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Brain and other central nervous system tumor statistics, 2021
CA: A Cancer Journal for Clinicians  (IF508.702),  Pub Date : 2021-08-24, DOI: 10.3322/caac.21693
Kimberly D. Miller, Quinn T. Ostrom, Carol Kruchko, Nirav Patil, Tarik Tihan, Gino Cioffi, Hannah E. Fuchs, Kristin A. Waite, Ahmedin Jemal, Rebecca L. Siegel, Jill S. Barnholtz-Sloan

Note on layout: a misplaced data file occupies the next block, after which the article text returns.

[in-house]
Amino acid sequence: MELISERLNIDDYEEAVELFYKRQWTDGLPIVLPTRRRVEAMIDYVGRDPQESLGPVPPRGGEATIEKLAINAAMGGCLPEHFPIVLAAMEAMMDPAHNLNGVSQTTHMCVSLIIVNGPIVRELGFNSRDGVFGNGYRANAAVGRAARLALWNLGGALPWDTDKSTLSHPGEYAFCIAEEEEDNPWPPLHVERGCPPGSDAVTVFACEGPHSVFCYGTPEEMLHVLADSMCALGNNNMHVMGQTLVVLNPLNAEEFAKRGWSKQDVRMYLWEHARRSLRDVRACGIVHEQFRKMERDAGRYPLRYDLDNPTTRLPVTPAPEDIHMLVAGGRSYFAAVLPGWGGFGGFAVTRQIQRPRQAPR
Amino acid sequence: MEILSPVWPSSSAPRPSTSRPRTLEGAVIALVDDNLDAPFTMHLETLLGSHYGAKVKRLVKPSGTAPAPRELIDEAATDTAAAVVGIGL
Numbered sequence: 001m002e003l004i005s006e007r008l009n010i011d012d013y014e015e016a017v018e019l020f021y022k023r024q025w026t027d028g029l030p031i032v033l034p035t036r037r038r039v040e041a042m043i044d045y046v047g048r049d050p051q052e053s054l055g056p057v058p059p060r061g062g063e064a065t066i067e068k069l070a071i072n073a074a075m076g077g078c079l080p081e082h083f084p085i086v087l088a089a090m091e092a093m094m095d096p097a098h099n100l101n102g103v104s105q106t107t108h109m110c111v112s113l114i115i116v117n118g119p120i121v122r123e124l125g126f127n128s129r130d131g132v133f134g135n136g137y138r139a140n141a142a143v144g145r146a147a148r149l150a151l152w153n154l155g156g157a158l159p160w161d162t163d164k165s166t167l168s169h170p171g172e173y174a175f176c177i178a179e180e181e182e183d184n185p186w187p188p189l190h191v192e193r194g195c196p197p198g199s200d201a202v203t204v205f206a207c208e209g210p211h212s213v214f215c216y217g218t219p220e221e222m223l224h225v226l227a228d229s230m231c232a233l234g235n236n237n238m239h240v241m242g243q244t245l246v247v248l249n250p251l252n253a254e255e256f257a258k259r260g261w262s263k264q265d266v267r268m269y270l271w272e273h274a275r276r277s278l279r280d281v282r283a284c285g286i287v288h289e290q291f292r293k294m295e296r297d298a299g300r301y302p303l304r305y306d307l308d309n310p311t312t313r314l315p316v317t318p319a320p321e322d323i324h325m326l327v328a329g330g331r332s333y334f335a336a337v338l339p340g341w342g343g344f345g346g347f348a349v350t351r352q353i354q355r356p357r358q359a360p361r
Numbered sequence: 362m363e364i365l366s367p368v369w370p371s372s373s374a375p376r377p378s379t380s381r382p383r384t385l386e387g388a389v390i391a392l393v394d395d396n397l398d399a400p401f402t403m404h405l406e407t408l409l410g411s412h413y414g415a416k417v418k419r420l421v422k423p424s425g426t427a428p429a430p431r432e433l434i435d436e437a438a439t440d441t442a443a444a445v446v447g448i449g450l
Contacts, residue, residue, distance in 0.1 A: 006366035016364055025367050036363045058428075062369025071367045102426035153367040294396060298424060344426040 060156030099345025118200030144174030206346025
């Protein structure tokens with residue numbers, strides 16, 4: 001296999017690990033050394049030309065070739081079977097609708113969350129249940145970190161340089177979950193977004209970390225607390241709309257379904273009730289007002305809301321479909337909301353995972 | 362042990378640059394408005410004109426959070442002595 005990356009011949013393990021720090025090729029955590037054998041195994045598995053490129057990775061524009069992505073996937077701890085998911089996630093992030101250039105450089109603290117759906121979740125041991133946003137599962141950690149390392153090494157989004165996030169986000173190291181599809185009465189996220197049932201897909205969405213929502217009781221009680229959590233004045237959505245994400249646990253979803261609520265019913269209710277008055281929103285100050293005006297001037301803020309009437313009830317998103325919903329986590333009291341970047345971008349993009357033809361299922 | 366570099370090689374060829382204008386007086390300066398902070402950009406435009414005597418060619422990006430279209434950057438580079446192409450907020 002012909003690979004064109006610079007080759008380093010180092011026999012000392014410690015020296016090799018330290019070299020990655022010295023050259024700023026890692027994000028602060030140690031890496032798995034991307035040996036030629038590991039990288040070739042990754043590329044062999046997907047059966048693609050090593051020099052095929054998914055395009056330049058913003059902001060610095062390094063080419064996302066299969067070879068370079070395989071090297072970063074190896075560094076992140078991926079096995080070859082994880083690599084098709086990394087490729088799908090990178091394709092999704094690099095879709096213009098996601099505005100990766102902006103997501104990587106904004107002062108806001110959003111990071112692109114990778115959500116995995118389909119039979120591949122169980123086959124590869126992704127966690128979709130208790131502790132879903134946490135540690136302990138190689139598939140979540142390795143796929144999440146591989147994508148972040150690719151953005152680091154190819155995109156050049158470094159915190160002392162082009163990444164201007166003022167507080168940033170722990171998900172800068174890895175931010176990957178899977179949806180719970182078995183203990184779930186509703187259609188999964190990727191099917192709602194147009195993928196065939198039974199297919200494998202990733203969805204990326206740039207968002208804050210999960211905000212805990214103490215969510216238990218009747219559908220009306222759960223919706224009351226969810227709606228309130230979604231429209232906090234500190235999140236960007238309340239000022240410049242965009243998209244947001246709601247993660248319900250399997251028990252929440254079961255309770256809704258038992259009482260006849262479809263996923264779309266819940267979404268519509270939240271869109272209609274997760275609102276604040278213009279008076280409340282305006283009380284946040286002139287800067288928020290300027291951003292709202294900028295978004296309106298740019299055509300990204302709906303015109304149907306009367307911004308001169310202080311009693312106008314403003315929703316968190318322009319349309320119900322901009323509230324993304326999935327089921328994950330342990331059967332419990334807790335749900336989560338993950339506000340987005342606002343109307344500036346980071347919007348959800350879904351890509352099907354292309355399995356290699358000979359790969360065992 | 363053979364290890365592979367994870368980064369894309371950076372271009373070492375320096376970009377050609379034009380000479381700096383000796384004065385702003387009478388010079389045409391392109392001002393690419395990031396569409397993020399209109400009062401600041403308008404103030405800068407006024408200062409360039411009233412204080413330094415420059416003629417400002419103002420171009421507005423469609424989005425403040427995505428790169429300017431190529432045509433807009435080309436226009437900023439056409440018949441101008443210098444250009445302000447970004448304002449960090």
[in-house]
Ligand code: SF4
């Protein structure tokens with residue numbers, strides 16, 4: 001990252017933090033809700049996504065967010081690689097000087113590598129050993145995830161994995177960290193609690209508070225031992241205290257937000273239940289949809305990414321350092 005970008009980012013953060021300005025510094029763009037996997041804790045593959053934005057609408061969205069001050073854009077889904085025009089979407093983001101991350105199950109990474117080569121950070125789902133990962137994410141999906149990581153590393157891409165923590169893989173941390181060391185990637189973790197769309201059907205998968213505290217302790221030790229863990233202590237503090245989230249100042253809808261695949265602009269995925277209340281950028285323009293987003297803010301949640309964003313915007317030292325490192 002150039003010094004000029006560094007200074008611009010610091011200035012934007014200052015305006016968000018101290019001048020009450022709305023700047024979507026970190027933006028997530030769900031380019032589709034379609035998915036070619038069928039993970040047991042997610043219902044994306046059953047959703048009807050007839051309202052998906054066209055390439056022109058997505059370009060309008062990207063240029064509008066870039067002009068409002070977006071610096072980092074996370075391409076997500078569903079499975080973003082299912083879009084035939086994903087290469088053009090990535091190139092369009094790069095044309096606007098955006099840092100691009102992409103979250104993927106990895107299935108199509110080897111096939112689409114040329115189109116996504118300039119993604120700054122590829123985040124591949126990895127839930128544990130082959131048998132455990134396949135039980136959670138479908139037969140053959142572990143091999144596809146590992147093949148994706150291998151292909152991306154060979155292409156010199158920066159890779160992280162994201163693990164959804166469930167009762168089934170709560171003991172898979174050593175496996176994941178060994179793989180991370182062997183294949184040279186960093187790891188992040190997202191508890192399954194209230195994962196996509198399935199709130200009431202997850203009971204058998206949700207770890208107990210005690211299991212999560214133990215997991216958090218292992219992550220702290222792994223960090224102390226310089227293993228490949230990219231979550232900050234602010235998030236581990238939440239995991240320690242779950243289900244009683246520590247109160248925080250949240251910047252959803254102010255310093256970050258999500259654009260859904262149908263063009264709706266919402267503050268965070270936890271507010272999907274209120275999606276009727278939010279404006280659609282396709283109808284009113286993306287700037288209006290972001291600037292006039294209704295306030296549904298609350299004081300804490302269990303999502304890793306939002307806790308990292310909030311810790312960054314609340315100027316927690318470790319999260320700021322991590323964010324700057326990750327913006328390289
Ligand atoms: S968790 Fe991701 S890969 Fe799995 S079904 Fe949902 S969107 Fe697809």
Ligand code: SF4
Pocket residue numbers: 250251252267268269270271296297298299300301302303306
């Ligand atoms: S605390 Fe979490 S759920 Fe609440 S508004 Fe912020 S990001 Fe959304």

Brain and other central nervous system (CNS) tumors are among the most fatal cancers and account for substantial morbidity and mortality in the United States. Population-based data from the Central Brain Tumor Registry of the United States (a combined data set of the National Program of Cancer Registries [NPCR] and Surveillance, Epidemiology, and End Results [SEER] registries), NPCR, National Vital Statistics System and SEER program were analyzed to assess the contemporary burden of malignant and nonmalignant brain and other CNS tumors (hereafter brain) by histology, anatomic site, age, sex, and race/ethnicity. Malignant brain tumor incidence rates declined by 0.8% annually from 2008 to 2017 for all ages combined but increased 0.5% to 0.7% per year among children and adolescents. Malignant brain tumor incidence is highest in males and non-Hispanic White individuals, whereas the rates for nonmalignant tumors are highest in females and non-Hispanic Black individuals. Five-year relative survival for all malignant brain tumors combined increased between 1975 to 1977 and 2009 to 2015 from 23% to 36%, with larger gains among younger age groups. Less improvement among older age groups largely reflects a higher burden of glioblastoma, for which there have been few major advances in prevention, early detection, and treatment the past 4 decades. Specifically, 5-year glioblastoma survival only increased from 4% to 7% during the same time period. In addition, important survival disparities by race/ethnicity remain for childhood tumors, with the largest Black-White disparities for diffuse astrocytomas (75% vs 86% for patients diagnosed during 2009-2015) and embryonal tumors (59% vs 67%). Increased resources for the collection and reporting of timely consistent data are critical for advancing research to elucidate the causes of sex, age, and racial/ethnic differences in brain tumor occurrence, especially for rarer subtypes and among understudied populations.